Obama's opening shot in his war on religion was his comment at a San Francisco fundraiser in 2008 that "bitter" Americans in small towns were clinging to "religion" out of frustration. Contained within that one remark was the seed of secularist bigotry toward the religious that would come to full and ugly flower in his first term.
Paul Ryan, casting himself as the "Catholic deer hunter," reminded voters on the campaign trail this week of Obama's antipathy for the religious. Speaking at a Pennsylvania steel mill on Tuesday, he said, "Remember this other time when he said people want to cling to their guns and religion? Hey, I'm a Catholic deer hunter, I'm happy to be clinging to my guns and religion."
Ryan's remark builds on a theme that the Romney campaign unveiled in an ad earlier this month about Obama's "war on religion." That ad drew upon images of Romney's recent trip to Poland, where he recalled Pope John Paul II's struggle against godless ideologies. "Be not afraid," said Romney, repeating the words that the late Holy Father invoked against the communists. The ad highlighted that "President Obama used his health care plan to declare war on religion, forcing religious institutions to go against their faith."
The ad then asked: "When religious freedom is threatened, who do you want to stand with?"
Obama's allies on the left immediately denounced the ad, calling it a vicious distortion of the record. But it is not. The record is replete with examples of Obama's war on religious freedom. Indeed, Romney and Ryan should not only keep running this ad but even broaden it beyond the ObamaCare contraceptive mandate. That is the most obvious and egregious violation of the American people's religious liberty, but there have been many more in Obama's first term.
Romney and Ryan could mention the attempt by Obama's Equal Employment Opportunity Commission (EEOC) to dictate employment policy at a Missouri Lutheran church and school -- a stance so aggressively secularist that the Supreme Court struck it down 9 to 0. Even Elena Kagan couldn't believe her ears when Obama's Justice Department lawyer, Leondra Kruger, tried to argue that the church's choice of ministers and teachers did not enjoy First Amendment protections and thus the EEOC had the right to force it to rehire a minister/teacher fired for insubordination.
Kagan told Kruger that she found "it amazing that you think that neither the Free Exercise Clause nor the Establishment Clause has anything to say about a church's relationship with its own employees."
One of Obama's EEOC commissioners, Chai Feldblum, a self-described radical gay-rights activist, has even argued that the traditional understanding of "belief liberty" is an outmoded concept. "Protecting one group's identity liberty may, at times, require that we burden others' belief liberty. This is an inherent and irreconcilable reality of our complex society," Feldblum has written.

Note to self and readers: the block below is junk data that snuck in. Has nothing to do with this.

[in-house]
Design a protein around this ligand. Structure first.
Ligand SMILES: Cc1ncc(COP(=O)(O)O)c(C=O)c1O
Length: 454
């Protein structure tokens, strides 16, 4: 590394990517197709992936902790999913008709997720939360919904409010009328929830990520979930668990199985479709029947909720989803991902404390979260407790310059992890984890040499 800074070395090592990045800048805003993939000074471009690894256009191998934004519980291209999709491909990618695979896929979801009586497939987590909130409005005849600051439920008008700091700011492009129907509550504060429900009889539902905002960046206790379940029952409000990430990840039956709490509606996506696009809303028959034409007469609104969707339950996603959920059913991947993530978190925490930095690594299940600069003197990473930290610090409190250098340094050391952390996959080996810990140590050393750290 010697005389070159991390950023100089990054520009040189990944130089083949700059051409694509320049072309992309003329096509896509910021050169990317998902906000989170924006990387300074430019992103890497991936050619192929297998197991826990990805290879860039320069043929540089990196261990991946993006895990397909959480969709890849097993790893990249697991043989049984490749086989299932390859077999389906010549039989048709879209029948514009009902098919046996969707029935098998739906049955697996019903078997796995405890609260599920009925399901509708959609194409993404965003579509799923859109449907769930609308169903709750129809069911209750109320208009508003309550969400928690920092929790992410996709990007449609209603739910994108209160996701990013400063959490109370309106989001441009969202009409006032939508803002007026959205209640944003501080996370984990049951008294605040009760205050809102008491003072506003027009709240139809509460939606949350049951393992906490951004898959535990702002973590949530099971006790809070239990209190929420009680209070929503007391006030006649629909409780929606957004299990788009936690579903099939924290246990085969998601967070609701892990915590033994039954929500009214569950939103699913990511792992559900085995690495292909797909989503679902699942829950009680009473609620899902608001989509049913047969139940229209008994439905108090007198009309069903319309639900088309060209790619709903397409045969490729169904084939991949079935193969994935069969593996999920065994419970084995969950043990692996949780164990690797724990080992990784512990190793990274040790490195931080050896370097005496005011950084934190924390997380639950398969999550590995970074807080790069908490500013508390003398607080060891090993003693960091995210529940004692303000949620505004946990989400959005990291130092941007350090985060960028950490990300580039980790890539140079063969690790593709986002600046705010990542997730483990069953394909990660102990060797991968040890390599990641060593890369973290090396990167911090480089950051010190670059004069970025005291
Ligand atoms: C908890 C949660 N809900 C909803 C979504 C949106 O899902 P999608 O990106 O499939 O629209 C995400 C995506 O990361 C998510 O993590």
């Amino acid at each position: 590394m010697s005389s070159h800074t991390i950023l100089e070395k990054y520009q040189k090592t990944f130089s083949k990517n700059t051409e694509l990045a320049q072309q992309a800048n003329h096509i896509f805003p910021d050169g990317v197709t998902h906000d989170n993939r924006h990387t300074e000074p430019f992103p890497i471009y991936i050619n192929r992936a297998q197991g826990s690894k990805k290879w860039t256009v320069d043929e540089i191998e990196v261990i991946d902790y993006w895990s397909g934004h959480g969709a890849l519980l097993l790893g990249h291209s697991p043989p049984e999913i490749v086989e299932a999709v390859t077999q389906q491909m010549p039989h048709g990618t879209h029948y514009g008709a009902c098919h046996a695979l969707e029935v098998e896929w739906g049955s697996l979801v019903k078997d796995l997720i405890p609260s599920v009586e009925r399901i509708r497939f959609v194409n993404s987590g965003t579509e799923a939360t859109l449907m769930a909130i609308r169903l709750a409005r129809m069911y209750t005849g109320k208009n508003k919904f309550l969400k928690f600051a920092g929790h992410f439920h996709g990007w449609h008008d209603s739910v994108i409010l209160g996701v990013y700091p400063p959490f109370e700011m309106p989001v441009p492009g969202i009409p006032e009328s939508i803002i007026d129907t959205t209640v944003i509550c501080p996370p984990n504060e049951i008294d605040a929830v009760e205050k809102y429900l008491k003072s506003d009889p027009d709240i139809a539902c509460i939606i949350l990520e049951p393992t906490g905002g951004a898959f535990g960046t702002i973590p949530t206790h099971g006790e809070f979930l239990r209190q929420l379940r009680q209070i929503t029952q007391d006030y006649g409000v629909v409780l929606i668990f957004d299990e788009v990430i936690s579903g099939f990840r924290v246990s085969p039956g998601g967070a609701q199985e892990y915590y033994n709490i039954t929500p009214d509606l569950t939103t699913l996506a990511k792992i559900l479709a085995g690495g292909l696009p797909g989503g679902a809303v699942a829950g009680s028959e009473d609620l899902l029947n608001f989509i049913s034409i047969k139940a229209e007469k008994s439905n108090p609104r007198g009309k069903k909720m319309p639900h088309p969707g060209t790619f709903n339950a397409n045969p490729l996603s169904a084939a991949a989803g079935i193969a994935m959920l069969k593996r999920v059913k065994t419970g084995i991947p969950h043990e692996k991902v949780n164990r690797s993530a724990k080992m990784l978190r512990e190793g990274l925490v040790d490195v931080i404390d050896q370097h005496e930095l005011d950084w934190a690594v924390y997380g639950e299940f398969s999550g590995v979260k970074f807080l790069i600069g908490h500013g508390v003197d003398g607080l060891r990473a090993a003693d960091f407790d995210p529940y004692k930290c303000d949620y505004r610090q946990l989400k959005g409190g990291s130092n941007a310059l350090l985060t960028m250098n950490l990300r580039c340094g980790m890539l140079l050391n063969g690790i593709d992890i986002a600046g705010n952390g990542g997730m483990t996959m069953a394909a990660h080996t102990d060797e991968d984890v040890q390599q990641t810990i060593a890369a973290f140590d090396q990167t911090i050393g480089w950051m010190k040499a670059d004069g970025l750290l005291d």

Romney and Ryan could also note Obama's campaign to drive traditionally Christian chaplains and privates out of the military. As quoted by the Washington Times in 2010, Lieutenant General Thomas P. Bostick, the Army's deputy chief of staff in charge of personnel, made it clear that Christians who object to Obama's gay-rights agenda are no longer welcome in the military: "Unfortunately, we have a minority of service members who are still racists and bigoted and you will never be able to get rid of all of them... But these people opposing this new policy [in favor of openly serving gays] will need to get with the program, and if they can't, they need to get out."
Admiral Michael Mullen, the former chairman of the Joint Chiefs of Staff, made a similar comment to a military chaplain opposed to the elimination of the Don't Ask, Don't Tell policy. "If you cannot get in line, resign your commission," he told the Christian chaplain. In a second Obama term, expect Christian chaplains and privates to be court-martialed.
Romney and Ryan could highlight as well Obama's secularizing of the judiciary. He is stacking the courts with judges who view the First Amendment through an atheistic prism. As Alabama Senator Jeff Sessions has put it, all of Obama's judicial nominees seem to share the "ACLU chromosome." Perhaps the most grimly comic example of Obama's style of judge is Michael Urbanski, who sits on a federal court in Virginia, where he recently ordered that the Ten Commandments be edited down to Six Commandments to exclude the ones that mention God.
Obama's aside at that 2008 San Francisco fundraiser was no accident. It reflected his deeply ingrained philosophy of secularism that sees religion as an "opium of the people," to use Marx's phrase, that the president thinks bigger and bigger government will one day wean them off. Romney's Catholic deer hunter will bag many voters if he keeps targeting it.